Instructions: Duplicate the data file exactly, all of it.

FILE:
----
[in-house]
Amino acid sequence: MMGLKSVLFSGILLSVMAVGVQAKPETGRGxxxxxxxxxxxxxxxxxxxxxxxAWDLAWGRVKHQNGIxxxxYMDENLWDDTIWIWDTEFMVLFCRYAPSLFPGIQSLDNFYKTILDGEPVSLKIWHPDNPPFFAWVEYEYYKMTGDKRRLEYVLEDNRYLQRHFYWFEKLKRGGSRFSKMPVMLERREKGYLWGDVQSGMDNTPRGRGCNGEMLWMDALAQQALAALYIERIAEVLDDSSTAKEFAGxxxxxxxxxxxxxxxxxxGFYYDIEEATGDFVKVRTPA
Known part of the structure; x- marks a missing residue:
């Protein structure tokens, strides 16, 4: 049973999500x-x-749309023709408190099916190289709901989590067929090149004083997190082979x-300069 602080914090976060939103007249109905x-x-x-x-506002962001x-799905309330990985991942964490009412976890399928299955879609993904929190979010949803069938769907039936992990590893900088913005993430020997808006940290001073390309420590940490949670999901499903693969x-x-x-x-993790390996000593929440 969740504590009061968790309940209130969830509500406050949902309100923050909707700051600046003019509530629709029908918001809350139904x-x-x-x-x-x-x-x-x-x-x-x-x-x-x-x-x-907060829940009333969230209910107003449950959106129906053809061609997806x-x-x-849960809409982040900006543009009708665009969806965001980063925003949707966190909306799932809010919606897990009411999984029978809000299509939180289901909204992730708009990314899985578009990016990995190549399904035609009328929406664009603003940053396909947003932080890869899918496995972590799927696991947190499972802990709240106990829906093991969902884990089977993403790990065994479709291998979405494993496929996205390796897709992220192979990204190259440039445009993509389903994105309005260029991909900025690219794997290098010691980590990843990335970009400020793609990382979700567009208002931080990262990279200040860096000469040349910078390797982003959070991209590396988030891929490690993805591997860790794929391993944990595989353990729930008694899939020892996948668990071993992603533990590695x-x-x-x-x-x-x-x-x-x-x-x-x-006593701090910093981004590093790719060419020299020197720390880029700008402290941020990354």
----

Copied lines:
[in-house]
Amino acid sequence: MMGLKSVLFSGILLSVMAVGVQAKPETGRGxxxxxxxxxxxxxxxxxxxxxxxAWDLAWGRVKHQNGIxxxxYMDENLWDDTIWIWDTEFMVLFCRYAPSLFPGIQSLDNFYKTILDGEPVSLKIWHPDNPPFFAWVEYEYYKMTGDKRRLEYVLEDNRYLQRHFYWFEKLKRGGSRFSKMPVMLERREKGYLWGDVQSGMDNTPRGRGCNGEMLWMDALAQQALAALYIERIAEVLDDSSTAKEFAGxxxxxxxxxxxxxxxxxxGFYYDIEEATGDFVKVRTPA
Known part of the structure; x- marks a missing residue:
């Protein structure tokens, strides 16, 4: 049973999500x-x-749309023709408190099916190289709901989590067929090149004083997190082979x-300069 602080914090976060939103007249109905x-x-x-x-506002962001x-799905309330990985991942964490009412976890399928299955879609993904929190979010949803069938769907039936992990590893900088913005993430020997808006940290001073390309420590940490949670999901499903693969x-x-x-x-993790390996000593929440 969740504590009061968790309940209130969830509500406050949902309100923050909707700051600046003019509530629709029908918001809350139904x-x-x-x-x-x-x-x-x-x-x-x-x-x-x-x-x-907060829940009333969230209910107003449950959106129906053809061609997806x-x-x-849960809409982040900006543009009708665009969806965001980063925003949707966190909306799932809010919606897990009411999984029978809000299509939180289901909204992730708009990314899985578009990016990995190549399904035609009328929406664009603003940053396909947003932080890869899918496995972590799927696991947190499972802990709240106990829906093991969902884990089977993403790990065994479709291998979405494993496929996205390796897709992220192979990204190259440039445009993509389903994105309005260029991909900025690219794997290098010691980590990843990335970009400020793609990382979700567009208002931080990262990279200040860096000469040349910078390797982003959070991209590396988030891929490690993805591997860790794929391993944990595989353990729930008694899939020892996948668990071993992603533990590695x-x-x-x-x-x-x-x-x-x-x-x-x-006593701090910093981004590093790719060419020299020197720390880029700008402290941020990354």